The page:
About Summer Abubaker, PA-C

Summer attended Austin College for her undergraduate degree, graduating summa cum laude. She received her Master’s in Physician Assistant Studies from the University of Texas, Southwestern School of Health Professions.

Allied Health Professionals - MacArthur Medical Center

Allied Health Professionals: What Are They and Why Should I Care?

Many people think the only person that can provide medical care in a doctor’s office is their doctor. This is a common misconception, as nowadays, there are many different healthcare providers that work together to provide you better care. In our office, we employ physician assistants, nurse practitioners, and certified nurse midwives in addition to our doctors and medical assistants. It is the combination of all of these different providers that makes our office run smoothly. Some of you may have already seen one of these allied health professionals and may wonder why you are not seeing your doctor. Allied Health Professionals help to fill in the gaps when physicians cannot be in the office. As an OB/GYN, you can imagine this happens rather often. When doctors leave for deliveries or surgeries, the physician assistants and nurse practitioners help to see their patients so they are not forced to reschedule or wait for several hours to see their doctor. Midwives perform deliveries at the hospital so that the doctor can spend more time at the office seeing their patients. They also have more flexibility with their schedules, often times having same-day appointments available when your physician’s schedule is booked out several weeks in advance. Together, we work cohesively as a team to better your overall experience at MacArthur OB/GYN.

Some of you might be wondering, what are the qualifications of Allied Health Professionals? All Allied Health Professionals complete rigorous training and education through a certified program. All are able to complete physical exams, prescribe medications, make diagnoses and order lab testing, amongst other things. Here is a chart outlining some of the differences between the 3 types of AHP’s in our office.

Physician Assistant
A PA is a nationally certified and state-licensed medical professional. PA’s practice medicine on healthcare teams with physicians and other providers. They practice and prescribe medication in all 50 states.

Master’s Degree

6 – 7 years

Broad, educated in all medical fields; may choose to do a residency in one field, but not required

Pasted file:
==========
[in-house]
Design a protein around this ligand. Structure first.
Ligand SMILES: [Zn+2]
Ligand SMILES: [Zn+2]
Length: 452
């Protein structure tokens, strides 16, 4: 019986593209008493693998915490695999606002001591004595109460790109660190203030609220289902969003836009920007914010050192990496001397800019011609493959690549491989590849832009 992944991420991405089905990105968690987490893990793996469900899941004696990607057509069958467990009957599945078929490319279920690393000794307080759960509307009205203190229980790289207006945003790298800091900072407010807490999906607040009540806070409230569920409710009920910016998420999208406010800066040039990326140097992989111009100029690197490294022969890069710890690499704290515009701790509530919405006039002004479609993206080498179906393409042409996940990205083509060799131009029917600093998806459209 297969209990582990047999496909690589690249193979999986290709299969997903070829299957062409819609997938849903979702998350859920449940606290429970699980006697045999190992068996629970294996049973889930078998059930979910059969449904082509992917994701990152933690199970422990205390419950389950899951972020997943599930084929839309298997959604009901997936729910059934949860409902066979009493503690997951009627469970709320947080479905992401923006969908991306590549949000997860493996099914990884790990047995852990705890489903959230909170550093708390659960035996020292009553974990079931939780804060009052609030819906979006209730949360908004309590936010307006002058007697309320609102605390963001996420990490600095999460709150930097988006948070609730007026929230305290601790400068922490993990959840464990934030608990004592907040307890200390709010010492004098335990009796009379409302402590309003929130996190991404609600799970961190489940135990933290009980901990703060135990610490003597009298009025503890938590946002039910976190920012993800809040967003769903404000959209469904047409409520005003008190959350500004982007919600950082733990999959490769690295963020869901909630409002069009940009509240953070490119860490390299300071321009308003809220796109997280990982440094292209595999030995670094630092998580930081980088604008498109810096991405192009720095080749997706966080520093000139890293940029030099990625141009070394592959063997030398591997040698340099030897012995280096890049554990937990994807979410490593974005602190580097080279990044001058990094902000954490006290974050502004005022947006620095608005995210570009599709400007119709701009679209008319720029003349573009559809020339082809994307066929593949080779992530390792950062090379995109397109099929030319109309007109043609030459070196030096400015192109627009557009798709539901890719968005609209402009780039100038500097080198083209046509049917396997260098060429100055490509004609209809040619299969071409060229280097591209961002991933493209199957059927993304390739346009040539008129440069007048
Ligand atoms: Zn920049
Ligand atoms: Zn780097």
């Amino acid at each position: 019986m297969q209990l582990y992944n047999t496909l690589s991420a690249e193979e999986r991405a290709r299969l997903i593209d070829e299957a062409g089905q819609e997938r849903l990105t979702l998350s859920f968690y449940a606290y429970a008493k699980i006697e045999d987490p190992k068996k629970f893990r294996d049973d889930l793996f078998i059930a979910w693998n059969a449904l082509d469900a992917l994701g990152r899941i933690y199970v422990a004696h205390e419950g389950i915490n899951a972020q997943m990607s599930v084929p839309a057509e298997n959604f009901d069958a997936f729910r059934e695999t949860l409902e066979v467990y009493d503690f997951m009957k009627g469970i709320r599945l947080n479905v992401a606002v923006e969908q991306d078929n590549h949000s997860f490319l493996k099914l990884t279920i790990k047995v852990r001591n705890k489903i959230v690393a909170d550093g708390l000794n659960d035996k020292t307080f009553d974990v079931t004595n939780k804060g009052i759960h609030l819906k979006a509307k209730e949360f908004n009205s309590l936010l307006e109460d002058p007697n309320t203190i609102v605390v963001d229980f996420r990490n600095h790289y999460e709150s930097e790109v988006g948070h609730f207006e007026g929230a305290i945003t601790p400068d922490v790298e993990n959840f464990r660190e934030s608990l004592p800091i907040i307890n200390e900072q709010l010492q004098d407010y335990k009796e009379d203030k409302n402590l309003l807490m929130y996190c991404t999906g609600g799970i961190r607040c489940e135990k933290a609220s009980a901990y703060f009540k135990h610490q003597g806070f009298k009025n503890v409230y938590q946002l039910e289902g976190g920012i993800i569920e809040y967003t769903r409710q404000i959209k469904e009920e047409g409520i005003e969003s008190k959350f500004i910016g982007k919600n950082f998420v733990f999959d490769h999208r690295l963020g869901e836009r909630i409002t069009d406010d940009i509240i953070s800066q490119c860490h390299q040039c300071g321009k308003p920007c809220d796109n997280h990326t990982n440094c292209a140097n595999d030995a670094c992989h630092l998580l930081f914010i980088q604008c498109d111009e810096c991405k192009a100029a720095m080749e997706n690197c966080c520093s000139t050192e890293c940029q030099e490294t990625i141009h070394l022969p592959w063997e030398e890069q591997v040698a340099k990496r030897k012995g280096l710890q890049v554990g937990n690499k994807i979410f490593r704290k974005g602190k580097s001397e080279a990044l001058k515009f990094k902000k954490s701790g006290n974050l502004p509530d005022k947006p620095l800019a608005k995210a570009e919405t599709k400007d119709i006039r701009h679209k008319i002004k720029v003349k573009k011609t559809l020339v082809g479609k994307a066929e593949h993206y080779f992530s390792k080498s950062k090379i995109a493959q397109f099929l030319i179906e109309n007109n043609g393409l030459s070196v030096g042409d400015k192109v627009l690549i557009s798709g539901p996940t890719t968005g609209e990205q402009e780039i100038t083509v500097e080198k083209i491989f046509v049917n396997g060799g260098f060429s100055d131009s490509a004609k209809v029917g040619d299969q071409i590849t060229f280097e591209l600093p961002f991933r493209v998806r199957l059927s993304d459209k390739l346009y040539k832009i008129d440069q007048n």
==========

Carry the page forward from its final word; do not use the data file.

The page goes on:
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Nurse Practitioner
As clinicians that blend clinical expertise in diagnosing and treating health conditions with an added emphasis on disease prevention and health management, NPs bring a comprehensive perspective to health care.

Master’s Degree or Doctorate Degree depending on program

6 – 8 years

Typically specialized to one field, i.e. women’s health

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Certified Nurse Midwife
CNMs are licensed, independent health care providers with prescriptive authority in all 50 states. CNMs are defined as primary care providers under federal law.

Master’s Degree or Doctorate Degree depending on program

6 – 8 years

Specialized to women’s health; perform deliveries and assist with cesarean sections

5 Secrets to a Healthy Vagina

All women should be concerned about their vaginal health. There are many suggested tips you can follow to provide a healthy vaginal environment.

1. Maintaining a normal pH balance is important for a healthy vaginal environment.

It is recommended to avoid douching, using harsh soaps or feminine fragrances. Any alteration in the vaginal pH could lead to an overgrowth of yeast or bacteria, leading to infection. Some women have a difficult time maintaining a normal vaginal pH, despite their greatest efforts. There is an over the counter product, RepHresh (available in a variety of forms), which can help normalize the vaginal pH.

2. It is imperative to practice safe sex.

Using condoms will reduce and protect you against transmission of sexually transmitted diseases (STD’s). Some of the  more common STD’s are Chlamydia, Gonorrhea, Trichomonas, Human Papilloma Virus (HPV) and Herpes. These STD’s  commonly cause vaginal discharge, odor, itching, burning, lesions or painful ulcerations.

3. Vaginal hygiene is another important key to a healthy vagina.

The genital area should be kept clean and dry. A mild soap, like Dove, is recommended. Proper wiping techniques (front to back) will prevent contamination of bacteria into the vagina. This is especially important after a bowel movement. Cotton under garments should be worn and thongs should be avoided. It is important to remove wet bathing suits and work out clothes after use to avoid creating a warm and moist environment allowing the perfect environment for yeast production.

4. Adequate vaginal lubrication is another important aspect of vaginal health.

Vaginal dryness can potentially lead to labial and vaginal irritation, chafing, tearing and pain during intercourse. There are several over the counter products (KY and Replens, to name a few) which offer daily moisturizers and vaginal lubricants. If you are in your menopausal years, your vaginal dryness could be a result of decreased estrogen production, and you would likely benefit from a vaginal estrogen cream supplement to aid in your dryness and comfort.